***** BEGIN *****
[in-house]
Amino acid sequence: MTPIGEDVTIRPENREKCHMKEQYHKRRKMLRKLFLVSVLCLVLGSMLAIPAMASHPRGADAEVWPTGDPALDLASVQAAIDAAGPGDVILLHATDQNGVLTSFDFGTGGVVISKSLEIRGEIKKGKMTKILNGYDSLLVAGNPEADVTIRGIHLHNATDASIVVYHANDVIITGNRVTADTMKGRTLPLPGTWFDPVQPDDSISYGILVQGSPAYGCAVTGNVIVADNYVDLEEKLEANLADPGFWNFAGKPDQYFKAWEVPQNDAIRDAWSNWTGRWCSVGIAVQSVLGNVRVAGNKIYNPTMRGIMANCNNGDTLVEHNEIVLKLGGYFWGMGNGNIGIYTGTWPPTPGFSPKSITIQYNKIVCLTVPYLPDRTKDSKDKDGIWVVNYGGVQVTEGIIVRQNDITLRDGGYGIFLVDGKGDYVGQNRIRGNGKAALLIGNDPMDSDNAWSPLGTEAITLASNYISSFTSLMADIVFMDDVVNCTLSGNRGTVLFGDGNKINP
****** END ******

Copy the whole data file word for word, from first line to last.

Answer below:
[in-house]
Amino acid sequence: MTPIGEDVTIRPENREKCHMKEQYHKRRKMLRKLFLVSVLCLVLGSMLAIPAMASHPRGADAEVWPTGDPALDLASVQAAIDAAGPGDVILLHATDQNGVLTSFDFGTGGVVISKSLEIRGEIKKGKMTKILNGYDSLLVAGNPEADVTIRGIHLHNATDASIVVYHANDVIITGNRVTADTMKGRTLPLPGTWFDPVQPDDSISYGILVQGSPAYGCAVTGNVIVADNYVDLEEKLEANLADPGFWNFAGKPDQYFKAWEVPQNDAIRDAWSNWTGRWCSVGIAVQSVLGNVRVAGNKIYNPTMRGIMANCNNGDTLVEHNEIVLKLGGYFWGMGNGNIGIYTGTWPPTPGFSPKSITIQYNKIVCLTVPYLPDRTKDSKDKDGIWVVNYGGVQVTEGIIVRQNDITLRDGGYGIFLVDGKGDYVGQNRIRGNGKAALLIGNDPMDSDNAWSPLGTEAITLASNYISSFTSLMADIVFMDDVVNCTLSGNRGTVLFGDGNKINP